To read Priscilla’s story through a lens of male-only leadership diminished her calling and also Paul’s. It also obstructs, demeans, and even abuses God’s welcome to women leaders and their male allies then and now!
Intended to help understanding, verse and chapter numbers are not the Word of God. Sometimes these additions break up thoughts that clearly should go together. This leaves interesting questions about 1 Timothy 2 and 3.
This is the third in a series about Bible word studies and translation for egalitarians. This entry focuses on a particular instance of a word doesn’t contain all the meaning that the word can carry in 1 Timothy 2.
For egalitarians, the book of Judges clearly demonstrates God’s approval of women leaders. Yet many who view women’s leadership as unbiblical dismiss the pattern of God-affirmed female authority in Judges.
1 Peter 3 is a tricky passage. It’s often been twisted to pressure abused women to stay with their husbands as a sign of submission. But this passage is not meant to subject women to fear or violence; it is supposed to encourage primary loyalty to Christ, not to husbands.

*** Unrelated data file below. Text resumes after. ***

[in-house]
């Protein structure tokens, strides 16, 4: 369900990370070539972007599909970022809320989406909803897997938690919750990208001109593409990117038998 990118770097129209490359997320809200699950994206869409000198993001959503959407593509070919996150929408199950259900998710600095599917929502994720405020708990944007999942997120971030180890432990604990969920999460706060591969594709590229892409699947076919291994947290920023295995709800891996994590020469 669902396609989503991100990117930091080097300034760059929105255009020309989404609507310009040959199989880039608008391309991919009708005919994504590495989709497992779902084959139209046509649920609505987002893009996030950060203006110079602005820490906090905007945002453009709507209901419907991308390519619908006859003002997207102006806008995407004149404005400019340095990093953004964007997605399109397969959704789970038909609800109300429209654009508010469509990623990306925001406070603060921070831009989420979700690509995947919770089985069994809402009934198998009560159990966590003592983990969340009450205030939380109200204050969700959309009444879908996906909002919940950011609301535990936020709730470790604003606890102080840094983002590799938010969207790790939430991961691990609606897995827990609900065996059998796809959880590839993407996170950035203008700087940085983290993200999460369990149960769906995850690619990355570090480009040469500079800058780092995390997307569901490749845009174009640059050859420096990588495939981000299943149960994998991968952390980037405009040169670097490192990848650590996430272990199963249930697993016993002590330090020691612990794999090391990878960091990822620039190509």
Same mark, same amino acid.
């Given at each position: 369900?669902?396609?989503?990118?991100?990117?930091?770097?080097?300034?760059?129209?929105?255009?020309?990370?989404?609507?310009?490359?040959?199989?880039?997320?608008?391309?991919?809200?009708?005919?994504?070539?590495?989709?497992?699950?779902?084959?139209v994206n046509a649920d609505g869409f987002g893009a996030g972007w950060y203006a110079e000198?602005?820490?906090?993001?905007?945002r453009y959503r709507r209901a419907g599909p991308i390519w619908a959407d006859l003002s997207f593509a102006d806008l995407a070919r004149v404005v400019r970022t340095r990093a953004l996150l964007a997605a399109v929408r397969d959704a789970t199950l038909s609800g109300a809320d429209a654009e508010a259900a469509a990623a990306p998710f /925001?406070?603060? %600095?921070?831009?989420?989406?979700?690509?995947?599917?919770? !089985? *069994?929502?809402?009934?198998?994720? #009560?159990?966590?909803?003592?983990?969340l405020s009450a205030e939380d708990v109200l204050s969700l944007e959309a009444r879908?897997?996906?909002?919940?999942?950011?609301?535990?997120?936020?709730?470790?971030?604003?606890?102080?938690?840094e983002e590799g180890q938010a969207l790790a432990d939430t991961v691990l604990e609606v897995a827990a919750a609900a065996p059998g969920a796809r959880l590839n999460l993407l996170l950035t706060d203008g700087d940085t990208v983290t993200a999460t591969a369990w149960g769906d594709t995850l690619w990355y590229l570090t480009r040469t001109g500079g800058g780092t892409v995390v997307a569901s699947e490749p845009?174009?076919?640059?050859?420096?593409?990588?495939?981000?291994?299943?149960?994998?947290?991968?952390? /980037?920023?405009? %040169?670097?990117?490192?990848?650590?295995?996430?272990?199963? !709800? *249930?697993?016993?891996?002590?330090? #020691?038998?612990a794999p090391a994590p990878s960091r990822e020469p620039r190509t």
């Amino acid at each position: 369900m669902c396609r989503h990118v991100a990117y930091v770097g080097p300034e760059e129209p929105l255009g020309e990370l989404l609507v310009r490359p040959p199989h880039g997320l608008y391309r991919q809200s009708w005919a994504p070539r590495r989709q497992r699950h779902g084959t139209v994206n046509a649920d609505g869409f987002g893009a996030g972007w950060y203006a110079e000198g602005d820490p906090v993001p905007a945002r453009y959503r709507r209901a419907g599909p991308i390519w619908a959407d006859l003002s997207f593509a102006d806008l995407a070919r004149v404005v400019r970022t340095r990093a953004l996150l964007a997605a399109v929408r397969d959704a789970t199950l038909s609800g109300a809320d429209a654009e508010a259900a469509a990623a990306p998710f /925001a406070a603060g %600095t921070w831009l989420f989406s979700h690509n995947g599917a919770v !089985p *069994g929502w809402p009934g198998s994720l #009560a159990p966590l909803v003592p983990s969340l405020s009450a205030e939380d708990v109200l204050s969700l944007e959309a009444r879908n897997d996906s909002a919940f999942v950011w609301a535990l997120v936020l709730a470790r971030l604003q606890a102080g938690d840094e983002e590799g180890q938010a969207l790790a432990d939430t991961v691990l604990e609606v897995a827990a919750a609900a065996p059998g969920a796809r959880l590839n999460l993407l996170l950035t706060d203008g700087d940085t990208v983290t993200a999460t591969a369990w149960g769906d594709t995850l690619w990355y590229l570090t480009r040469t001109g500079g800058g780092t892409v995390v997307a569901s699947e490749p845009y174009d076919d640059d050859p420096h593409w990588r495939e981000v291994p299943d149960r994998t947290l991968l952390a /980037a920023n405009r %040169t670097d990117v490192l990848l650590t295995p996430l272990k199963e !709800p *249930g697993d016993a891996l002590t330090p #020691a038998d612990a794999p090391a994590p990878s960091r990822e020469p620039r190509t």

Colossians 3:7-17 is often misinterpreted and weaponized to keep women in submission and bolster sexist teachings in the modern church. Rather than viewing this text as a reframing of unjust social structures like patriarchy and slavery—as Paul intended—many interpret it as endorsing those oppressive systems.
Some people believe that 1 Corinthians 7 means that husbands are entitled to sex and wives have an obligation to supply it. But the text, properly interpreted, doesn't support that argument. In fact, it opposes it.